UK Environmental & Construction Industry Support Services

Japanese Knotweed Eradication

Japanese Knotweed Eradication

The single most destructive invasive plant species in the UK 

The Solution

Japanese Knotweed Eradication & Removal


Specialist proactive management of Japanese Knotweed will reduce the cost of control and avoid potential damage to hard engineered structures, development sites, legal prosecution and the ecosystem. Ten Counties has over 30 years’ experience in the land management and specialist weed control sector and we offer a free site appraisal to identify potential invasive plants. Using the WeedErad system we utilise a number of resources that deliver proven Japanese Knotweed removal and eradication. Following consultation we will implement the most practical and cost effective Knotweed Management Plan in order to meet individual requirements. All WeedErad solutions comply with the Environment Agency Code of Practice for managing Japanese Knotweed.

A herbicidal chemical programme is the most common, efficient and cost effective method of eradication. Ten Counties will assess the ecological and environmental sensitivity of the site as part of the consultation process and make a recommendation on the best course of chemical treatment for a programme of eradication. Ten Counties will monitor treated areas to ensure the plant has been eradicated as part of an agreed Knotweed Management Plan.

All spraying operatives are experienced and fully certified to National Proficiency Test Council (NPTC) standards. When infestation dictates the need to spray within 5m-10m of an open water course, Ten Counties is experienced in working with the Environment Agency to meet all necessary regulations.

Where a chemical programme is not an option we are specialists in the excavation, relocation and removal of Japanese Knotweed as well as the installation of root barrier membranes. Ten Counties is also licenced to act as a carrier for controlled waste.

Without the implementation of a Knotweed Management Plan, development planning, local authority grants and mortgages may be refused.

The Plant

Originating from Asia, Japanese Knotweed (Fallopia Japonica) was introduced to the UK by a horticulturist in the nineteenth century as an ornamental plant and source of feed for cattle.  As a result of its lack of natural enemies and aggressive growth characteristics Japanese Knotweed is now abundant and recognised as the most invasive species of plant in Britain today.

Grows to a height of three metres
Clusters of creamy white flowers appear at the tips of the stems late in the season from August to October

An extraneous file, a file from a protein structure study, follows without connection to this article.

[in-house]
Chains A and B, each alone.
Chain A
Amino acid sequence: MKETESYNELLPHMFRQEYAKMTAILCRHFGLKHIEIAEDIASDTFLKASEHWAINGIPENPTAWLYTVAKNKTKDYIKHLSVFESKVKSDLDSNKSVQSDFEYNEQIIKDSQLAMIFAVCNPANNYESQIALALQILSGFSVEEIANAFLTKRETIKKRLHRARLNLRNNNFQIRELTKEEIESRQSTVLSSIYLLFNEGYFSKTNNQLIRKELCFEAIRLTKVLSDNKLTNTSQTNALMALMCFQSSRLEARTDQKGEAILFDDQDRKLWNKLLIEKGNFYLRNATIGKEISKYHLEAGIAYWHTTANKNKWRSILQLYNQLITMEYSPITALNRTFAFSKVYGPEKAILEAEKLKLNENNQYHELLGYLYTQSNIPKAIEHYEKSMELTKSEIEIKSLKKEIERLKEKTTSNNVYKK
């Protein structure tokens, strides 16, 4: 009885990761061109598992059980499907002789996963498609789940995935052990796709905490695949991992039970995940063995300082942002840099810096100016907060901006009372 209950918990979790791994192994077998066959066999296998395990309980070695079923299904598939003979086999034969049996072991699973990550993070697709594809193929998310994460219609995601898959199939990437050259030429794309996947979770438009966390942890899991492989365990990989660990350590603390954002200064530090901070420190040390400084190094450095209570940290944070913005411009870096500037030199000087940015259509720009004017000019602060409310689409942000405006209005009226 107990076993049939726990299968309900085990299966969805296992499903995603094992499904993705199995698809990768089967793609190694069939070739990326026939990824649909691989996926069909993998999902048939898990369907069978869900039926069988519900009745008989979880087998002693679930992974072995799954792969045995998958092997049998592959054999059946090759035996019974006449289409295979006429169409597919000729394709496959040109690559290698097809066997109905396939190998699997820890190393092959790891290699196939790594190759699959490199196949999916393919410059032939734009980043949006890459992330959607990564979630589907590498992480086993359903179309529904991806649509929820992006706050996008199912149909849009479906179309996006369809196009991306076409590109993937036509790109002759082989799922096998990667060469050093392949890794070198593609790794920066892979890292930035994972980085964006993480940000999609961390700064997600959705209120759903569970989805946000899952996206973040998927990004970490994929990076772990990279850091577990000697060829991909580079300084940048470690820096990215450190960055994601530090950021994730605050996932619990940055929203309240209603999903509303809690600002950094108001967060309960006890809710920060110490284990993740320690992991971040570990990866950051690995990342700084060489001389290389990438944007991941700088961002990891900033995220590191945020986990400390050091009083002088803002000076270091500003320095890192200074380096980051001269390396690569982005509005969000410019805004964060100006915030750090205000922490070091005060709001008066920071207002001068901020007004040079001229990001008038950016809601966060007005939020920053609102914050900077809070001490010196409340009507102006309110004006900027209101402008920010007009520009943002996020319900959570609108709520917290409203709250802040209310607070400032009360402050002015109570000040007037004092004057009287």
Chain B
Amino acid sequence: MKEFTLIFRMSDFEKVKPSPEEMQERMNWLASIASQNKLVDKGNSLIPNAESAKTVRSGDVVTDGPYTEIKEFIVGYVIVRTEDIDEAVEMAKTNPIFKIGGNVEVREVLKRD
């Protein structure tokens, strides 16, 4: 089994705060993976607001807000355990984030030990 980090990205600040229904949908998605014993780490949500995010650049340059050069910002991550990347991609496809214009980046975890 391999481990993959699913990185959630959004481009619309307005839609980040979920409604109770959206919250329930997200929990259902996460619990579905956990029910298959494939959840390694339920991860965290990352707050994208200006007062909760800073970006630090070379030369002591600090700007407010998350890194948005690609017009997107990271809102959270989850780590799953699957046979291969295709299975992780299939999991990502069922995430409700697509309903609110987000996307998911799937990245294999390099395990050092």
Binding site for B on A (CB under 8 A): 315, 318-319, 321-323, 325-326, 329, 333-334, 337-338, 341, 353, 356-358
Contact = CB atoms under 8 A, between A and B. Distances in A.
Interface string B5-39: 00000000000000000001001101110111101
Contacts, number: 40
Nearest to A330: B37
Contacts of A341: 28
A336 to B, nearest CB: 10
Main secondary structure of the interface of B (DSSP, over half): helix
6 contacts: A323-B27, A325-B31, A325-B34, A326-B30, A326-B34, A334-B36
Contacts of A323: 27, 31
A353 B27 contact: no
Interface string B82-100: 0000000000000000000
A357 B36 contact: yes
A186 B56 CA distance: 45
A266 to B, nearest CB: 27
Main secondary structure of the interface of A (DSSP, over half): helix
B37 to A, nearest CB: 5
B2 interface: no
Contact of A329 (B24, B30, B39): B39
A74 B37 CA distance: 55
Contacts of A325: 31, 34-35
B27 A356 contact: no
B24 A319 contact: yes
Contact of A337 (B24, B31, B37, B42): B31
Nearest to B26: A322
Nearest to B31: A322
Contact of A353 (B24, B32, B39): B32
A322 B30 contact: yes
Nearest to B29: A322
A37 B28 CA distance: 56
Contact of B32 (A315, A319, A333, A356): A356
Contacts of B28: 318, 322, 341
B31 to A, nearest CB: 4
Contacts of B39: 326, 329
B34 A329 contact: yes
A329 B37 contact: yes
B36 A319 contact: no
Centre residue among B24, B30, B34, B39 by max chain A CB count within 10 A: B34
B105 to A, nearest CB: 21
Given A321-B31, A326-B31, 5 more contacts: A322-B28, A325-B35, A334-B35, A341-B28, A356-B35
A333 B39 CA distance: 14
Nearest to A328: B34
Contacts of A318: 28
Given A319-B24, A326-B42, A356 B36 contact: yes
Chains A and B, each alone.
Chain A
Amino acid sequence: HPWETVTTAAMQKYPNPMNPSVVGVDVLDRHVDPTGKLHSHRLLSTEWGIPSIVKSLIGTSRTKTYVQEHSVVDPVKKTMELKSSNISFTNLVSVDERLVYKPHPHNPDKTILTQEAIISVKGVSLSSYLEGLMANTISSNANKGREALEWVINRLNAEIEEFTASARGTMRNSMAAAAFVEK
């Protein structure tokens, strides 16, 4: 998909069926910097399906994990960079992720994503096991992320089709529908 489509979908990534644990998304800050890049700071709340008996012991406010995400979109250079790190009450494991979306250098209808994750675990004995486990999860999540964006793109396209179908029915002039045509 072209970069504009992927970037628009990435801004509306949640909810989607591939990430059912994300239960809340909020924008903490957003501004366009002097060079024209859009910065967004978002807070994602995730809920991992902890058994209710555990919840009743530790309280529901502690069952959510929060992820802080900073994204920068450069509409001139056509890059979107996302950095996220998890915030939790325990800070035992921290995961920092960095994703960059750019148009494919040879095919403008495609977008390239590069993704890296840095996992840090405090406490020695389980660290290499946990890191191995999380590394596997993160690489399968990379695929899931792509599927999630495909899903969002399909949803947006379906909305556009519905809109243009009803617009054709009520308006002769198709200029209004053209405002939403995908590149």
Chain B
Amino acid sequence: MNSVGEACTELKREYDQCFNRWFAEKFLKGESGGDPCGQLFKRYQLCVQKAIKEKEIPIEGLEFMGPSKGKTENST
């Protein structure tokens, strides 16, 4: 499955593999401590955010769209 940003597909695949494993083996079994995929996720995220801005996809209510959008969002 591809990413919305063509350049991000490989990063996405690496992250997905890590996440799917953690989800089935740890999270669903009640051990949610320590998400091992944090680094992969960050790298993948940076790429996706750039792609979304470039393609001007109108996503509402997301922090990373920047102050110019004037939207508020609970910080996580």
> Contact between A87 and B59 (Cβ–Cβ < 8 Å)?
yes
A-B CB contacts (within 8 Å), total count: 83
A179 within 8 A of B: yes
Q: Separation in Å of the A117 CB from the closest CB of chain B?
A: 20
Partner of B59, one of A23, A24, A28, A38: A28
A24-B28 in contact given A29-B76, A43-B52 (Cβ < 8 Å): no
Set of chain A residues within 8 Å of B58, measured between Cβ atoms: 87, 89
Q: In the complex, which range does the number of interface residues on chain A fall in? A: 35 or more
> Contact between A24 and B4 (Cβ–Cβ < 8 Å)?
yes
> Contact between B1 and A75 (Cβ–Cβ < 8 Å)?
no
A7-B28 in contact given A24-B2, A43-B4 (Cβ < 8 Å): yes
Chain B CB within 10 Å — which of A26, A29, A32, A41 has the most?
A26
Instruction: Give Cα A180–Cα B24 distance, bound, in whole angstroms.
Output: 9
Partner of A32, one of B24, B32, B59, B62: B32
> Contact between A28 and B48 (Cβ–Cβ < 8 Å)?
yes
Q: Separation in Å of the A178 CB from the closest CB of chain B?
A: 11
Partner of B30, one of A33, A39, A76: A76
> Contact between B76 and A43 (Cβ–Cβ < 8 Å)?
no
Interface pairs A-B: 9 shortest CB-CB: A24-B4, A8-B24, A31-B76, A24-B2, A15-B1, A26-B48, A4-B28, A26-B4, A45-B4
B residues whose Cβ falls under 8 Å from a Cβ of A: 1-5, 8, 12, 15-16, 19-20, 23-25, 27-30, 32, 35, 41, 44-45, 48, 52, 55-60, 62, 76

Rhizomes (underground stems) can stretch up to seven metres from the parent plant and to a depth of three metres.
Lush green in colour
Leaves heart shaped
Stem similar to bamboo in appearance
Can grow up to a metre a month
Tolerance to many soil types

The Problem

Japanese Knotweed is a highly invasive resilient plant that benefits from a lack of native enemies in the UK.  Infestation spreads via the movement of its rhizomes (underground stems) and site disturbance.  These rhizomes can produce identical plants to the parent and grow at an alarming pace of up to 10cm a day out competing native species for light, water and nutrients.  Fly tipping, inappropriate management and poor control methods have exacerbated the infestation. Japanese Knotweed now occupies a site every 10km2 across England and Wales.

Common problems caused by Japanese Knotweed:

Damage to foundations, buildings, roads, paving, retaining walls, underground structures and development sites
Infestation can affect development planning, local authority grants and mortgage approval
Reduction in land and property value
Damage to ecosystems by reducing biodiversity
Damage to flood defence structures

The Law

The following legislation exists to control the destructive nature of Japanese Knotweed:

It is an offence under the Section 14(2) of the Wildlife and Countryside Act 1981 (WCA 1981) to spread or allow the spread of Japanese Knotweed

The Environmental Protection Act (EPA) 1990, Duty of Care Regulations 1991, state that Japanese Knotweed material and soil containing rhizomes must be disposed of as a controlled waste

Land owners can be held liable for costs and damages incurred through the spread of Japanese Knotweed into adjacent properties

For further information regarding Japanese Knotweed, please refer to the Environment Agency ‘Knotweed Code of Practice’


For further information regarding Japanese Knotweed, please refer to the Environment Agency Knotweed Code of Practice

For more information on the specialist services we provide call Ten Counties now on 0844 836 1 836 or complete the enquiry form with your requirements and let us do the rest.

Our Services

Land Management

Japanese Knotweed Control

Sensitive Site Clearance

Invasive Weed Control

Ecological Fencing

Environmental Contracting



Waste Management

Aquatic Engineering


Japanese Knotweed Control

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